One of the major arguments given against educational vouchers by opponents of school choice is that parents – meaning poor, inner-city parents – are intellectually unequipped to choose schools for their children, if they are allowed to do so. No, these parents (unlike affluent parents and school administrators) are just too stupid to choose good schools. So it is better to keep their kids in the existing, bad schools.
Those of us who support vouchers have always found that argument specious on the face of it. To begin with, the people who say parents are not competent to choose their children’s schools have no problem with those same parents choosing their children’s doctors, or (for that matter) choosing elected representatives who oppose vouchers – as, ironically, many inner-city parents do.
But there is a limit to the persuasive power of mere argumentation. Observational data are always of welcome use. The fall edition of the Cato Journal has a nice article on this very issue: “Parental Valuation of Charter Schools and Student Performance,” by James VanderHoff.
VanderHoff, an economics professor at Rutgers University, consulted New jersey’s fairly extensive data on charter schools. In particular, he was able to look at waiting lists for these schools. This allowed him a measure of control in analyzing the data. Different charter schools have different educational missions, but looking at the length of the wait- ing lists allows us – as will be shown – to assess the degree to which an academic focus (as opposed to, say, a focus on sports, or the newness of the schools’ facilities) attracts parental interest. Remember, charter schools cannot charge tuition or use academic entrance exam scores to select for admission. Instead, they use a random lottery admissions process when the number of students desiring admission exceeds the available slots.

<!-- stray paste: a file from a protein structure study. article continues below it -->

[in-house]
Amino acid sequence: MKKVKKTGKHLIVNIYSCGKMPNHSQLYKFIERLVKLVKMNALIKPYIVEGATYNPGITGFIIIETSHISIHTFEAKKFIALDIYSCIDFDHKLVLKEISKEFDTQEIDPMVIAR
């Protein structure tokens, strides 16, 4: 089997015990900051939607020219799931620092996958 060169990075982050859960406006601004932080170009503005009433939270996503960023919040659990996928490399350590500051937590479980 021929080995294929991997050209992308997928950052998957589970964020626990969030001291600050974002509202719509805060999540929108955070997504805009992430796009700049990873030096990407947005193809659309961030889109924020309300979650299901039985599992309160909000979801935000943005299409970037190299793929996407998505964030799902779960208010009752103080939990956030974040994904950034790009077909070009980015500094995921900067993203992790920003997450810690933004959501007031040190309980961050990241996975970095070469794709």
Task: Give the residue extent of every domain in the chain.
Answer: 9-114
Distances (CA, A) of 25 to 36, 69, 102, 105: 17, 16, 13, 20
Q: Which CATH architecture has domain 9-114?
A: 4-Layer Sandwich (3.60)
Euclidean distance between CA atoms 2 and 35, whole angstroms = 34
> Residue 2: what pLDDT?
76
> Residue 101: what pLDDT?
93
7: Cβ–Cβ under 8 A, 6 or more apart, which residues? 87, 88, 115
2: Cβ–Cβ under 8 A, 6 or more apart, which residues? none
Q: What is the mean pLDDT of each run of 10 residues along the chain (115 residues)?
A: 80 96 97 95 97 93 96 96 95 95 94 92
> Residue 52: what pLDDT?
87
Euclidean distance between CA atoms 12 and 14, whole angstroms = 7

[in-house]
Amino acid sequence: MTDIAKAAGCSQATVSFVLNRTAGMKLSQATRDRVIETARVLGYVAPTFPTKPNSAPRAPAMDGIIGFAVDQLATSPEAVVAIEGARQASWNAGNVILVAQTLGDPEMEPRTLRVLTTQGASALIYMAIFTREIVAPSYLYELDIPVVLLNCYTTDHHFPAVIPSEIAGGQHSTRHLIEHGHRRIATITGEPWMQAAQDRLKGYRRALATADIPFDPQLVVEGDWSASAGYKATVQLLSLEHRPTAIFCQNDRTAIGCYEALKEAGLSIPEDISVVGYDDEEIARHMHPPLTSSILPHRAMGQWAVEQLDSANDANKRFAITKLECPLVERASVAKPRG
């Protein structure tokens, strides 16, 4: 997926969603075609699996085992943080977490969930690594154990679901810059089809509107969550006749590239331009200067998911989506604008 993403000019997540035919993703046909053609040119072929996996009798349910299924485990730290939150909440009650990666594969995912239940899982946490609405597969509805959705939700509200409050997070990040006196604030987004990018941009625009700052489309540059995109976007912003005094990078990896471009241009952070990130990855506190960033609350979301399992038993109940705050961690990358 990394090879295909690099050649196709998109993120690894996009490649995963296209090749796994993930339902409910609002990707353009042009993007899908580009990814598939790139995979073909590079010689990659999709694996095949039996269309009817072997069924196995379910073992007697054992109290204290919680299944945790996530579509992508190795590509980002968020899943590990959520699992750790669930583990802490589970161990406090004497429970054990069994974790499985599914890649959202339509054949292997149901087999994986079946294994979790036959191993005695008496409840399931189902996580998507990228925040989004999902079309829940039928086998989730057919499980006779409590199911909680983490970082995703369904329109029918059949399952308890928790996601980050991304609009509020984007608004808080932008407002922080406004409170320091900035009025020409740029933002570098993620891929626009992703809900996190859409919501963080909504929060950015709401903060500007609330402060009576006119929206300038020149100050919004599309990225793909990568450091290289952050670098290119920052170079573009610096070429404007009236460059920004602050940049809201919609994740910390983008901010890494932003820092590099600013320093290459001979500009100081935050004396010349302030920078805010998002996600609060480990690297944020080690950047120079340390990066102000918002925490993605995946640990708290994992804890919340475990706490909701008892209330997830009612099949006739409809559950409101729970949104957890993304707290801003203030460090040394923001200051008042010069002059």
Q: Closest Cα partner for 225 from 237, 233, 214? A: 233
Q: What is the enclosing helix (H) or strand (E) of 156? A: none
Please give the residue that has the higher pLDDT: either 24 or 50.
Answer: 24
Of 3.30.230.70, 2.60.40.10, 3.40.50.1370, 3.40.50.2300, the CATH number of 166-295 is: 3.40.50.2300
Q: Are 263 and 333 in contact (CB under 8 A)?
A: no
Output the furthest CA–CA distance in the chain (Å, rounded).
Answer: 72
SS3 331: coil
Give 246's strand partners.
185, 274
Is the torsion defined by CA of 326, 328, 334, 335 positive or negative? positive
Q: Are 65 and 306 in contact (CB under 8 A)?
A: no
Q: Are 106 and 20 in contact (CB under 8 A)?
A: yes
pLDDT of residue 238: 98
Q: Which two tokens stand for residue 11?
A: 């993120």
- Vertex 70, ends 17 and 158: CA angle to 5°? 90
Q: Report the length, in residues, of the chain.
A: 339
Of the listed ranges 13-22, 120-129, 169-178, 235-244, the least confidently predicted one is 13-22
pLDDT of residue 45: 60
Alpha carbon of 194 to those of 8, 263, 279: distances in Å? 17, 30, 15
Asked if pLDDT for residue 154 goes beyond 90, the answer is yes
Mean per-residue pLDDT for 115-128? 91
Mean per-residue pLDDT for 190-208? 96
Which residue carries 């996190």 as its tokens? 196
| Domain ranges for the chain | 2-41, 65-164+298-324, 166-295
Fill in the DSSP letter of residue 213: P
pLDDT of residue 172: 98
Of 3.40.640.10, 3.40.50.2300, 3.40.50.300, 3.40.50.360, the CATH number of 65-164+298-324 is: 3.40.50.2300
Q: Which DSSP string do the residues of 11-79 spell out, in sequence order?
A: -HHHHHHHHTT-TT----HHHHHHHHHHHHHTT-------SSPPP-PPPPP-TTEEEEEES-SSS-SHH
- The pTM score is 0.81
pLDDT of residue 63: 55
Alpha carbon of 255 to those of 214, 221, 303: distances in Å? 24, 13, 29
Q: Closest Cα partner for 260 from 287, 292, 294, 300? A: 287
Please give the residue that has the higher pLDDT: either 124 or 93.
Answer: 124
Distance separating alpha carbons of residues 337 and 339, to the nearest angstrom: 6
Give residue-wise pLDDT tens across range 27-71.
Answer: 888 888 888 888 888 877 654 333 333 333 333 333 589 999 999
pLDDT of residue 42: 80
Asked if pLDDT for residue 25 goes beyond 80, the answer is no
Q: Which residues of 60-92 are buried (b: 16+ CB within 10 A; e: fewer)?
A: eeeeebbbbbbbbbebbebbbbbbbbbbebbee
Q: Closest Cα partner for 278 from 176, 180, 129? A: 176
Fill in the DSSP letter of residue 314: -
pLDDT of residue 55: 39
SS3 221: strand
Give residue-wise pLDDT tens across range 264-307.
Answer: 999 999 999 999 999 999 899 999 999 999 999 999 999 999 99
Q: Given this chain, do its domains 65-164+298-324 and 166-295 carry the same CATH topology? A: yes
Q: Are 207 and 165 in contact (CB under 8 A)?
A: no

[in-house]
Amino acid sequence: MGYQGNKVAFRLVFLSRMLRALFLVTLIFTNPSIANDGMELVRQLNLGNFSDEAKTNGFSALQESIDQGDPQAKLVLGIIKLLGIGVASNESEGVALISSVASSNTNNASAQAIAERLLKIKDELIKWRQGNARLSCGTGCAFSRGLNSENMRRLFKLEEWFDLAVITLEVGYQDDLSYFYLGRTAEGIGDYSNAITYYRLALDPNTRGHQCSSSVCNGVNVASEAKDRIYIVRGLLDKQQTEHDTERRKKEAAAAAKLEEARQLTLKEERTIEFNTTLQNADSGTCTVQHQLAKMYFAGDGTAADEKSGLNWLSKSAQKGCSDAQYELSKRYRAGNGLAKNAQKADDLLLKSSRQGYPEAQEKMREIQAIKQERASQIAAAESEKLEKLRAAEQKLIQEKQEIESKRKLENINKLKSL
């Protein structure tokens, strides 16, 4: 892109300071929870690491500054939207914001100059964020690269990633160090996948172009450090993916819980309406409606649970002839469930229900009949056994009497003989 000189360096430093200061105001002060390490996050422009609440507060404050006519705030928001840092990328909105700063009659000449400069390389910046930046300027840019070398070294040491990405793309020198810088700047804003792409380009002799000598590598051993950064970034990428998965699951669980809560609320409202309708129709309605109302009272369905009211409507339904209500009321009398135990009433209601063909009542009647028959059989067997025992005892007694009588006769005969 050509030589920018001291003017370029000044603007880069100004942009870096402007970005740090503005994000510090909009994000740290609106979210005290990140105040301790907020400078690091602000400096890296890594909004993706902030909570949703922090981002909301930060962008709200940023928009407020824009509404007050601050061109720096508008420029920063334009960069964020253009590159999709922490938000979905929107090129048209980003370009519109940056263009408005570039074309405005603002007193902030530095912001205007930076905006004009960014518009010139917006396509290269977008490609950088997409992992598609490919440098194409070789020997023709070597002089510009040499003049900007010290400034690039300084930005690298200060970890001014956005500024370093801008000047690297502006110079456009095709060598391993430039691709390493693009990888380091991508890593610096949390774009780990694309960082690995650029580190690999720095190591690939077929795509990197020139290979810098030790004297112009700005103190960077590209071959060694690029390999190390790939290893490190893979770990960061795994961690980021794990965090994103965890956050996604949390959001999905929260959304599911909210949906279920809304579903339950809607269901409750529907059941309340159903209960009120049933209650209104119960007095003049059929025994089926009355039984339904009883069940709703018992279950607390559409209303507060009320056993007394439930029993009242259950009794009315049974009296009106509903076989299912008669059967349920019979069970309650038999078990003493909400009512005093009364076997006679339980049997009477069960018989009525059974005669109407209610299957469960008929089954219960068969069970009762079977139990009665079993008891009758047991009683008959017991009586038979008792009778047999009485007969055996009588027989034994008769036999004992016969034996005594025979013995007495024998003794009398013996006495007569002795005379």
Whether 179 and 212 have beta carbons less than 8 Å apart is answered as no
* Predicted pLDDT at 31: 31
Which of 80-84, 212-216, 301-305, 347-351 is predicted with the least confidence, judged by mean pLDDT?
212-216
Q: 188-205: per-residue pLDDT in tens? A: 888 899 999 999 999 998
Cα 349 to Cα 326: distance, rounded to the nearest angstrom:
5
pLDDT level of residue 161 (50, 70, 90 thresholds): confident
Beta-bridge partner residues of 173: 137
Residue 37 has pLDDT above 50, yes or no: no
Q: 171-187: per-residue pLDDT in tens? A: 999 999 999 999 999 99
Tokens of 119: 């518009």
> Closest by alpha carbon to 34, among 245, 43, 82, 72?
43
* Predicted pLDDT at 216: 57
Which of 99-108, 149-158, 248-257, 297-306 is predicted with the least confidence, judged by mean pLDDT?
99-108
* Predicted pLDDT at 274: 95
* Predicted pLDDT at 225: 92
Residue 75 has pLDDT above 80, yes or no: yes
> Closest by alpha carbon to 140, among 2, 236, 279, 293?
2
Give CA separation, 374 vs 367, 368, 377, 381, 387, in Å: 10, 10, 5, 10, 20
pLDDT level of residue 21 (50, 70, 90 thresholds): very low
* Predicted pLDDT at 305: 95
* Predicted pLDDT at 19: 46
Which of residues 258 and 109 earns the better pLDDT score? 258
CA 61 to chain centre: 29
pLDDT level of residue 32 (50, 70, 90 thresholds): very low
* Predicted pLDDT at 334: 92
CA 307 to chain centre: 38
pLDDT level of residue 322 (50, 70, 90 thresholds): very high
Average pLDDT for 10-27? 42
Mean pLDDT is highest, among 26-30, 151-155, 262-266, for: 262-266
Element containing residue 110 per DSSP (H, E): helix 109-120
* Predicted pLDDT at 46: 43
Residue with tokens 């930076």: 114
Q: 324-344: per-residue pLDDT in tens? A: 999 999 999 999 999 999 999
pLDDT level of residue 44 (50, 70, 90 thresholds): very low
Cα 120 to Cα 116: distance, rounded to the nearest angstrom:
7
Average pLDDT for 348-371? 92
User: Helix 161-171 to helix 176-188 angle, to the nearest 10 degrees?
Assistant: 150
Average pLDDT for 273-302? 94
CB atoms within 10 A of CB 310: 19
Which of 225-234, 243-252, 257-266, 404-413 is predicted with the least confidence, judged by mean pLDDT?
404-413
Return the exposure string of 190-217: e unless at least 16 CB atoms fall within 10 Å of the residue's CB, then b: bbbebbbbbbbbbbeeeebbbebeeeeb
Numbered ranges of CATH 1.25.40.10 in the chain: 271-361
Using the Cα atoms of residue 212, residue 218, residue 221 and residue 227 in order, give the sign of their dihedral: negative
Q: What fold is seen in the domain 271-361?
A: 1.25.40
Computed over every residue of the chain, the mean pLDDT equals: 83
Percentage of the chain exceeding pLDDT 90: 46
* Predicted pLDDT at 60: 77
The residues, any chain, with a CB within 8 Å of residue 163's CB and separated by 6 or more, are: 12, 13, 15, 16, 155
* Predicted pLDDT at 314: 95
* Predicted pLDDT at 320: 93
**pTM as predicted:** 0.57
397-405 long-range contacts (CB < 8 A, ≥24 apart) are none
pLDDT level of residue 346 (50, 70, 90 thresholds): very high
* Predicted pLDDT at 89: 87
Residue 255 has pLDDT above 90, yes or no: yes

In New Jersey, the average waiting list for the 42 charter schools is 184 students, and the average number of openings is 40. Thus, a survey restricted to parents of students now in a charter school will leave out of the data set 80% of the relevant pool (on average). Moreover, some schools have longer waiting lists than others, so weighting schools equally is apt to overlook crucial determinants.
So VanderHoff looked at the size of the waiting list compared to a variety of other factors, including such variables as: the test scores at a school at a given time; the test scores of the grade equivalent students at regular public schools in that district at that time; the race and economic status of the students; and other school characteristics (class size, teachers’ salaries, student-teacher ratios, instructional time, and so on).
Given the great diversity of schools in New Jersey, the state’s long history of comparatively free school choice (Le., limited, but larger than that of most other states), and the fact that it is one of the few states that keep waiting list figures, it is a good data source to use for this kind of analysis.
The result of his statistical analysis of the data is clear. The primary factor in what makes parents want to send their children to a school is that school’s academic success and its endorsement of academics. Indeed, a l0% increase in a charter school’s test scores causes the number of students on the waiting list to rise over 60%. And schools that push academics in their mission statements had a 75% increase in the number of students on the waiting list, all other factors held constant. Those other factors had either a small or a statistically insignificant impact on the size of waiting lists.
The results support the idea that parents are indeed both desirous of seeing their kids succeed academically and able to figure out which schools will focus on academics. The par- ents are not incompetent, despite the slanders of the teachers’ unions.